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‘Little America’ Showrunner Lee Eisenberg on the Origins of Zachary Quinto’s Near-Silent Role

Alongside Mélanie Laurent, Quinto was supposed to have more lines, until the producers made a radical change.

Zachary Quinto, "Little America"

Zachary Quinto, “Little America”


In a series made up of short, real-life immigrant stories, the fourth episode of “Little America’s” first season is perhaps its most ambitious. Written and directed by series executive producer Sian Heder, “The Silence” takes place during a 10-day silent retreat and is largely dialogue-free. The episode stars Mélanie Laurent, alongside Bill Heck and Zachary Quinto, the latter of whom notably plays the retreat’s leader, only speaking briefly.

“Little America” executive producer and showrunner Lee Eisenberg broke the silence by speaking with IndieWire about the process of making this particular high-concept episode, especially when it came to Quinto’s surprisingly small role.

IndieWire: As I was watching the show, I ended up thinking about episode order and the particular rhyme or reason to it. You obviously couldn’t put “The Silence” at the beginning of the series, given its divergence from the series’ normal pattern. Could you talk about the process of making that episode?

Eisenberg: I’m so happy that people dig that one because that was a real swing. I think that’s why you do an anthology series: so that you have episodes that you don’t expect. […] But with that one, the way that it was actually designed was, there was a lot more dialogue in it. Zachary Quinto’s character was kind of the spiritual leader, guiding them through their meditations and telling them what they should be thinking about and talking about letting go of your past and being in the moment. There was a lot of gentle guiding that was both meant for the participants of the silent retreat, but also for the audience.

We were so nervous that it would feel so absent of dialogue, which was one of the reasons Zachary has a lot of lines in the episode — [and] one of the reasons that I think he was really engaged in what that character could be. Then, as we started editing it, we initially cut the dialogue out of the first five or so minutes, into the first seven minutes and just said, ‘Let’s see what that feels like, and let’s let the audience feel a little bit uncomfortable.’ When you first hear a line of dialogue, every line in that show matters so much. And then after you delve even a little bit more, I think it was Alan Yang who said, ,’If we’re going to do a silent episode, let’s really go for it.’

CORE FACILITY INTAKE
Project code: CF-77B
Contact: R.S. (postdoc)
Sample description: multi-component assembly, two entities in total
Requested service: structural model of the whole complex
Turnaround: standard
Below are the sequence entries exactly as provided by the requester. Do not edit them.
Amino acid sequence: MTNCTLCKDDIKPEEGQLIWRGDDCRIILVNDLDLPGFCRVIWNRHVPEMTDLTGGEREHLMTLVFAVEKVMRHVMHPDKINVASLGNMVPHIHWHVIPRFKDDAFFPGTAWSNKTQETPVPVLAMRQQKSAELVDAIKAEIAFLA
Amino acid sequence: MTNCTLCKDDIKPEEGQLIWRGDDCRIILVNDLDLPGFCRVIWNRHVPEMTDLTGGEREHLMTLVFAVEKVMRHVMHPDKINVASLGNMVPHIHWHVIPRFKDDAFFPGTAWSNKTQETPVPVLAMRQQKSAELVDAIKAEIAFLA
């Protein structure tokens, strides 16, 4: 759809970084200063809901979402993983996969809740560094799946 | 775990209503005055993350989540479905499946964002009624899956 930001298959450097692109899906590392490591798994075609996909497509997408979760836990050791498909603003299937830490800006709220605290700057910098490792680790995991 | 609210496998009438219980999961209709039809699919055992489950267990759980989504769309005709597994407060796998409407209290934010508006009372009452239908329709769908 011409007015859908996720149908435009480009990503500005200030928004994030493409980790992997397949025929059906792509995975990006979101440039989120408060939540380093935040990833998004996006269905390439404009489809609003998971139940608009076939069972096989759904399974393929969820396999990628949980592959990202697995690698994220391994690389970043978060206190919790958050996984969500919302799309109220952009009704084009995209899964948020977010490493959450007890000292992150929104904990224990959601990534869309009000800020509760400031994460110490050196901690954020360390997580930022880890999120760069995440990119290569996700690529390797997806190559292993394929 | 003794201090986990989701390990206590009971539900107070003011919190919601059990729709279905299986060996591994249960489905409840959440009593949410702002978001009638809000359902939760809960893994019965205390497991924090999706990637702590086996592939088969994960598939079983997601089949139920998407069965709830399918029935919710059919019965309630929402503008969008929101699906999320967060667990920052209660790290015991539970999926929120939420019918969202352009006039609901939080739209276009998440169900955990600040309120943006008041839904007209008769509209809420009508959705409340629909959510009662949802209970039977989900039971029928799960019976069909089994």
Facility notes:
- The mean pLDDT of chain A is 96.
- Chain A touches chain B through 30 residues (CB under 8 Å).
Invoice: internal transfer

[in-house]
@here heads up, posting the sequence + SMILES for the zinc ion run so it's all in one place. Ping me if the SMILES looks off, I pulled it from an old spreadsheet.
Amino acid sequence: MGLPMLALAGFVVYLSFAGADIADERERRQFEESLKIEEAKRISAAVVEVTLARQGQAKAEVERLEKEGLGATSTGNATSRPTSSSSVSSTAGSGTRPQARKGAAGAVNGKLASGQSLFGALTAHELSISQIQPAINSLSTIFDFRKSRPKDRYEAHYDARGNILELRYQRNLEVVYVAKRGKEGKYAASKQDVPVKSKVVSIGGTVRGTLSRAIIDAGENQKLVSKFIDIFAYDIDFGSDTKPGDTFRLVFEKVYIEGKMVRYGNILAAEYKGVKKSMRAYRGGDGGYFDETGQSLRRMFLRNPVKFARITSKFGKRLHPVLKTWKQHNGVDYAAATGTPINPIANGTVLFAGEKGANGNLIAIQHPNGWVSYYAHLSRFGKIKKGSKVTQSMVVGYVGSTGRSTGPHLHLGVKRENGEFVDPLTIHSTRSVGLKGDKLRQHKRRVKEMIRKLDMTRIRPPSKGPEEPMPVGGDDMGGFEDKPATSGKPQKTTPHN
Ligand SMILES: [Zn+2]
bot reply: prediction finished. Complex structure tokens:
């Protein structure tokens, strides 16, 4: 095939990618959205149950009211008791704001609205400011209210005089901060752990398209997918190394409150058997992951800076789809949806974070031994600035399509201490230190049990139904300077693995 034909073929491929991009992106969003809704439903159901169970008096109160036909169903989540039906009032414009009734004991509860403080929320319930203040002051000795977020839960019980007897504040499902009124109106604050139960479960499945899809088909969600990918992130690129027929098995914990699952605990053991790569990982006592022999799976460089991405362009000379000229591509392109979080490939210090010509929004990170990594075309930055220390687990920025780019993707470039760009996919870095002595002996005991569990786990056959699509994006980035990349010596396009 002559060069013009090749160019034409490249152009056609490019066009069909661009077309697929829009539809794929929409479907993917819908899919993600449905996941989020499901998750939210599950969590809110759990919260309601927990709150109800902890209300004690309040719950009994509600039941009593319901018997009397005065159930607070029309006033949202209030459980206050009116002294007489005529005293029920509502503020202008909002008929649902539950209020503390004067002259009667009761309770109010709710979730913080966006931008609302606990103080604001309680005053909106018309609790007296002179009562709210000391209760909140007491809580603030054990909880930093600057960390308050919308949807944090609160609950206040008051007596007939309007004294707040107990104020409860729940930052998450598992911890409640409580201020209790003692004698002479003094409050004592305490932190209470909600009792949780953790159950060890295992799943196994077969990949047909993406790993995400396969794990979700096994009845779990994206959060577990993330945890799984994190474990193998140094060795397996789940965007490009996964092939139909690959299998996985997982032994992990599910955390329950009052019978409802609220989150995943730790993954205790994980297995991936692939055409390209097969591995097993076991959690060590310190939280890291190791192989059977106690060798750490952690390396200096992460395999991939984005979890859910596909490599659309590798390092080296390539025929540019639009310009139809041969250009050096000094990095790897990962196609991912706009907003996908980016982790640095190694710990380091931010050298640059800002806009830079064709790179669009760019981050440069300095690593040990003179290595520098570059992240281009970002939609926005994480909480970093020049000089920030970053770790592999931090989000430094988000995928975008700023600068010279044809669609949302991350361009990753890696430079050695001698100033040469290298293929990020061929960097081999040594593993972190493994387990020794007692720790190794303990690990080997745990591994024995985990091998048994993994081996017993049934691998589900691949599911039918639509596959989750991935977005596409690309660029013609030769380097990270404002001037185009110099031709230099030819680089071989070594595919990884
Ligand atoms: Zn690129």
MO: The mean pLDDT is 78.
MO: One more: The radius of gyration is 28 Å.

So then we spent a few days and we cut nearly all of the dialogue from it until the end, save for a line here or there. We were so nervous to show it to Apple because we thought that they would try to say, ‘Well, that was a fun experiment, guys. We’re not losing all of Zachary Quinto’s lines.’ And to their credit, they completely embraced what it felt like in the silence. Sian Heder, [who] went to college with Zachary, she showed him the episode, and I think he was like, ‘You cut all of my lines?’ But I think he also appreciated what it was, and I think he realized how special that episode could be. I don’t know that he would have signed on to do an episode in silence, but now seeing the finished product, I think he’s really proud of it.

Mélanie Laurent, "Little America"

Mélanie Laurent, “Little America”


I did wonder about that: There’s obviously the initial pop that comes with the realization that Zachary Quinto’s in there, but then there’s the slow realization that he doesn’t really speak at all, until the closing moments when the retreat’s participants are “allowed” to speak again. So it makes sense that you guys kind of ended up cutting all of his lines.

Lee: Right, yeah. He’s the biggest actor that we had in the show and he didn’t have lines.

That episode also reminded me that I need Mélanie Laurent in a lot more things, honestly.

Lee: I could not agree with you more. She’s amazing.

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